vagina health

Healthy feminine hygiene is about more than your vagina. Our bodies are complex, but our hygiene actually doesn’t have to be. The first step to good hygiene is learning all about your lady parts.

The vagina is an elastic, muscular canal with a soft, flexible lining that provides lubrication and sensation during sexual intercourse. The vagina also serves as a natural channel for menstrual flow, and it also serves as a canal for child-birth. The term “vagina” is often misused and misunderstood. In common conversation, people will refer to the vagina when what they really mean is their vulva. The term vulva is a zoology term that refers to outer feminine genitalia. The vulva includes the mons pubis, external clitoris, inner and outer labia, fourchette, and perineum. It is important to recognize there are a lot of internal and external parts to your sacred space.

I personally like to refer to my vulva and vagina as part of my yoni. The word “yoni” is a Sanskrit word that means “sacred space”. It is represented by the Goddess Skakti. She is responsible for creation, and she is the agent of all change. In other words, by referring to my lady parts as my yoni, I am constantly reminded of the divine procreative energy I possess and the value of it. More than that, it speaks to my whole sacred space and how bad ass it really is.

You can call your sacred space whatever you like, but here are some things you should not do…

1. Don’t steam, wax, or shave

Pubic hair is the sign of a mature or adult yoni, and it perplexes and disturbs me as to why men or women would be cool with simulating an immature or per-pubescent one. The mons pubis (or your pubic mound) is the top of your vulva or yoni where the pubic hair grows. It seems like every magazine, commercial etc… pushes us to steam, wax, or shave this area. Don’t do it! Removing pubic hair removes a part of your yoni’s natural defense mechanisms. Your pubic hair helps control your body temperature and adds an extra layer of protection from STD’s like genital warts. Waxing, steaming or shaving can change the bacterial colonization and strips away your natural oils. This can cause increased friction, and eventually your mons skin gets all wrinkly, dry and itchy. It can also cause this area of the skin to get darker.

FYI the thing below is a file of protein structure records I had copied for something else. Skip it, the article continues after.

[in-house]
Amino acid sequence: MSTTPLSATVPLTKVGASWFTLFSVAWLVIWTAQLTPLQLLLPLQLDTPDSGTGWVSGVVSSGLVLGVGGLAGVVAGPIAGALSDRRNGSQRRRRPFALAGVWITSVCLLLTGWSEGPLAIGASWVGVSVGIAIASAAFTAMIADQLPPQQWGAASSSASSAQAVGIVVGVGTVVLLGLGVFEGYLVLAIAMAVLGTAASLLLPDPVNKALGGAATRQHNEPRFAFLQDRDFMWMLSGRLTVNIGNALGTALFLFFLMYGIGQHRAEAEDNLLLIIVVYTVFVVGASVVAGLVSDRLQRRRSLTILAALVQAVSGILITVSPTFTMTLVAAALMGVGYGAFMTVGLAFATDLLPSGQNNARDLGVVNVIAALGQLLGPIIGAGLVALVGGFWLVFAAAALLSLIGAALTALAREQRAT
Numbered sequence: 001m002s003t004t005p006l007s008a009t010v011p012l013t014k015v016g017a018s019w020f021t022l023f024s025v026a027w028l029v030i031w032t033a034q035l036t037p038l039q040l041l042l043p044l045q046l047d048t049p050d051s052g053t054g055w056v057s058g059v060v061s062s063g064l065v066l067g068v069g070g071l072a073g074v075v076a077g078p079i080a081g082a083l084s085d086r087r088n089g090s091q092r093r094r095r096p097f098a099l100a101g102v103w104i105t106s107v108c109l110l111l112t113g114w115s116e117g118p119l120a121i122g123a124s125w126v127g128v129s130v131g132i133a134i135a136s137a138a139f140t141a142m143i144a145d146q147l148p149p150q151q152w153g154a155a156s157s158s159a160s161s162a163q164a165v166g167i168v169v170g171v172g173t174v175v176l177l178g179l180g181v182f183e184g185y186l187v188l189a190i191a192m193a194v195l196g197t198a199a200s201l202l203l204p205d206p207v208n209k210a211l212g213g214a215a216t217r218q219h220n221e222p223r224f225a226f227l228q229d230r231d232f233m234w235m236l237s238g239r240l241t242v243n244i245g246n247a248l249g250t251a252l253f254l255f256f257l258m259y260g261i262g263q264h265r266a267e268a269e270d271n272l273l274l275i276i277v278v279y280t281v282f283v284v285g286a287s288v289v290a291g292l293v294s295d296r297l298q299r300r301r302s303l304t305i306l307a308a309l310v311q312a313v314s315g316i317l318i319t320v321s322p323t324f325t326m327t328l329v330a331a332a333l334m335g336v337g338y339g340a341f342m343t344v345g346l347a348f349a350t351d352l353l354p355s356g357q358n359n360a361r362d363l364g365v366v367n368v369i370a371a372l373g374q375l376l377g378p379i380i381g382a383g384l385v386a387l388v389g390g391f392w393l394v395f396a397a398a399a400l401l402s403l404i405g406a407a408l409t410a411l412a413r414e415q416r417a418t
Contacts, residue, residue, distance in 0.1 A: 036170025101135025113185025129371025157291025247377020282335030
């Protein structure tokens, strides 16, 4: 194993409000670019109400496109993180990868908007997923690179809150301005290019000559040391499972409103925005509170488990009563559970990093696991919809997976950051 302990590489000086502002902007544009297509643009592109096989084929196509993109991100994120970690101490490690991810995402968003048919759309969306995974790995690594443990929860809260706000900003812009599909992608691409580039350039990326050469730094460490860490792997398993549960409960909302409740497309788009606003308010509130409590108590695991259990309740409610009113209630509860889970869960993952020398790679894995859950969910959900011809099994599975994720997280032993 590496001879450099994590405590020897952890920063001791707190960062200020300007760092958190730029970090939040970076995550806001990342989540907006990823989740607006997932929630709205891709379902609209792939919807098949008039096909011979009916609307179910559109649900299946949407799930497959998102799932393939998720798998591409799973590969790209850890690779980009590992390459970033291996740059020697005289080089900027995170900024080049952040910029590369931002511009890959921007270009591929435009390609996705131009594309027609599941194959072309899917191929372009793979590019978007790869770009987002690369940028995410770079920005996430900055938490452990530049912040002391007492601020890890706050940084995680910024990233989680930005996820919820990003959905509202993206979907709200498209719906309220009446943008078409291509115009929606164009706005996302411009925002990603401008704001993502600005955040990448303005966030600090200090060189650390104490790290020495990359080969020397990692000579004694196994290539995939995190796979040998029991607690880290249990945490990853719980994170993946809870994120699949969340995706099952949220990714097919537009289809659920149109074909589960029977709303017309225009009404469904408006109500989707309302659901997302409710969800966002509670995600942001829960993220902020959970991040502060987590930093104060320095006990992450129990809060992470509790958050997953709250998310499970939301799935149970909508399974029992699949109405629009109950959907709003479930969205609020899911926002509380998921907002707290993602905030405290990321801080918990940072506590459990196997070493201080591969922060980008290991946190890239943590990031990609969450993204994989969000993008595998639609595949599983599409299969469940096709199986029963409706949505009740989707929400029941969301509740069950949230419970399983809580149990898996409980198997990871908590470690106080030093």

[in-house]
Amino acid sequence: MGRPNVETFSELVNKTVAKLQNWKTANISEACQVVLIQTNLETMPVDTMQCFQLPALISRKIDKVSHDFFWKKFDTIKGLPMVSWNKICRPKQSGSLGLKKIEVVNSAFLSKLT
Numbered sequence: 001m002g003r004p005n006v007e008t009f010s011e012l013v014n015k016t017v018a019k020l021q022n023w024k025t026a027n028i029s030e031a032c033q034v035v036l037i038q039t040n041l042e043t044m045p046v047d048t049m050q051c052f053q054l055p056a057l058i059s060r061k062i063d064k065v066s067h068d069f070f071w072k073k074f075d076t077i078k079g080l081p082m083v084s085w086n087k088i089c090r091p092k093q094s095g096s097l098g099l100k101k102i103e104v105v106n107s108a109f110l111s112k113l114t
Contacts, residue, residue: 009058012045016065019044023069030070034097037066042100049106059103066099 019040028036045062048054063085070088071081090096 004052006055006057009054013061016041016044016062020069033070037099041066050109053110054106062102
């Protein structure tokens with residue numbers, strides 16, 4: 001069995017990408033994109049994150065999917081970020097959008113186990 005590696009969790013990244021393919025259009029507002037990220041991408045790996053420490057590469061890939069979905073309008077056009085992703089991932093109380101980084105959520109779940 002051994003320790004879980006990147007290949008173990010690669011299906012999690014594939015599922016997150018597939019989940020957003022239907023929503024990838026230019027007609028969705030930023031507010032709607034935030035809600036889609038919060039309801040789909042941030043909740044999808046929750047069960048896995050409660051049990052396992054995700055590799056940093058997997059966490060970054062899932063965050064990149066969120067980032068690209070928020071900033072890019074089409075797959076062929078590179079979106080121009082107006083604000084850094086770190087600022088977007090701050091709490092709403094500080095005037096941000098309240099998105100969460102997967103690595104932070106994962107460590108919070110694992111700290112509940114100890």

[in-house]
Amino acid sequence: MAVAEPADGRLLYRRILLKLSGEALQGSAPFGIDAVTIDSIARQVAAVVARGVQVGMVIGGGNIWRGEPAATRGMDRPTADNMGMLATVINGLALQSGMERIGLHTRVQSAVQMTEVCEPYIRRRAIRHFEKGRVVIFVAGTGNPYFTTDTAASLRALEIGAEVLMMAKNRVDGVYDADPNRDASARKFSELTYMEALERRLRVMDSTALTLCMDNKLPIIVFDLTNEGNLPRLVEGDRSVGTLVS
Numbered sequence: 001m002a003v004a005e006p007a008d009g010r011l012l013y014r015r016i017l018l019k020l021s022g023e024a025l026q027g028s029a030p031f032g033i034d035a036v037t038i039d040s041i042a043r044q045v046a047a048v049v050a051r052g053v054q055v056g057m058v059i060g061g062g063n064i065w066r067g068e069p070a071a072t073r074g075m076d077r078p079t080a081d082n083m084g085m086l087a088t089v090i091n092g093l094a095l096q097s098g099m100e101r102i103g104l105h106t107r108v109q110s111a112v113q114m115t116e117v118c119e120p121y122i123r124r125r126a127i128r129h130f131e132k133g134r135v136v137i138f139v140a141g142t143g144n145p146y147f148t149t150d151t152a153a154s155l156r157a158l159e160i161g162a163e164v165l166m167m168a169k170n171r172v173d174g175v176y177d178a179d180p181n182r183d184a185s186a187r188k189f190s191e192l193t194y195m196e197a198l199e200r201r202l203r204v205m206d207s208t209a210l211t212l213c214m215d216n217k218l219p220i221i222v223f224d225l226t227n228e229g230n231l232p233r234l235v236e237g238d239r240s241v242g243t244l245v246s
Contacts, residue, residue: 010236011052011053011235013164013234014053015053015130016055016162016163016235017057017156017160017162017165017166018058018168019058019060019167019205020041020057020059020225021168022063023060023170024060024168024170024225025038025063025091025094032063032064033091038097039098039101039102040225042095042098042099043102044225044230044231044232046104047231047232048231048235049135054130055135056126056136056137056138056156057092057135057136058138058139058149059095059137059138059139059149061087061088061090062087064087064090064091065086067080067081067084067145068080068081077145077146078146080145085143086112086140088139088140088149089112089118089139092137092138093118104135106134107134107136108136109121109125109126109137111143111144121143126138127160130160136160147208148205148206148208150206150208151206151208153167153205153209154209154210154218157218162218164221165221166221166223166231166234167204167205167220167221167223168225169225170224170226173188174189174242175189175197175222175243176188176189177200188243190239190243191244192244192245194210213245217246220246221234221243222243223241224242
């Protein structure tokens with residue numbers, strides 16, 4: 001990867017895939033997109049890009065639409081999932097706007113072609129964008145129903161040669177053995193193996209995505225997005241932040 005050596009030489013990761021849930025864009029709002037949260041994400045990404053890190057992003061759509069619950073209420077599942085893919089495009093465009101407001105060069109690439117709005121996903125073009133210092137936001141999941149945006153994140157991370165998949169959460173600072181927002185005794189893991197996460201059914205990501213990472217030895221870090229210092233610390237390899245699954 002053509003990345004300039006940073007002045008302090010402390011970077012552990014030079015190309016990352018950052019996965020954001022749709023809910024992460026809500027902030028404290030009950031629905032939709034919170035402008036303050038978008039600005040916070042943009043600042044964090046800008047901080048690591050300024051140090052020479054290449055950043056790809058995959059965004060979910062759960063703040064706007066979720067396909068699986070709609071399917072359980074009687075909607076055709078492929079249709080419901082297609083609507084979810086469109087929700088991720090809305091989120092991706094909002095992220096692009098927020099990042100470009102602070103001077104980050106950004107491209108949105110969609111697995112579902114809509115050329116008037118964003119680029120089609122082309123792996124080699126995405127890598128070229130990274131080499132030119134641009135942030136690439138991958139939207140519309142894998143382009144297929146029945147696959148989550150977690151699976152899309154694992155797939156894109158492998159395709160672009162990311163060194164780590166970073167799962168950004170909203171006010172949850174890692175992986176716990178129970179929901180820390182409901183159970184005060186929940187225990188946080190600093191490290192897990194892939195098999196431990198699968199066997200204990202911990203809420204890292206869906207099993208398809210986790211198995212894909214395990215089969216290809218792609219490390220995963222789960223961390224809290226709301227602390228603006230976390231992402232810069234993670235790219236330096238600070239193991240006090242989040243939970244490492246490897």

2. Don’t wear panty liners everyday.

I know a few sister friends who swear by panty liners, but you shouldn’t wear them everyday. I don’t use them at all. Panty liners have plastic backs which constrict air flow and retain heat. The constant retention of heat and sweat could possibly lead to bacterial or fungal infections. Wearing panty liners can also irritate the labium, or lips. The better alternative is to carry around an extra pair of cotton panties and your period essentials. Try panties that are made up of at least 95% cotton. Cotton is affordable, absorbent, and it discourages yeast growth. At bedtime, let your yoni breathe; go commando.

3. Don’t douche

While all the TV commercials tell you that women feel cleaner and smell fresher, any competent doctor will disagree. Douching actually increases the risk of infections, pregnancy complications, and can lead to other health problems. Your vagina is self-cleaning, and all you need for the vulva is warm water. Don’t use soap, or baby wipes, or douche because you don’t need them and you’re only adding chemicals.

4. Don’t panic at the sight of discharge.

Discharge can be a symptom of cancers, diabetes, and infections. However, it is normal to have some discharge, especially when it is not accompanied by itching or burning sensations. Some healthy common discharging occurs when you’re ovulating (thick white) or when your vagina is cleansing itself after your menstrual cycle (brownish).

5. Don’t be a stranger.

Get to know  your vulva and vagina. It is so important to take a hand mirror and do vaginal self examinations. You want to check the scent of your vaginal discharge, look for warts and other problems. While self-examinations can’t replace your gynecologist, it is good preventative care.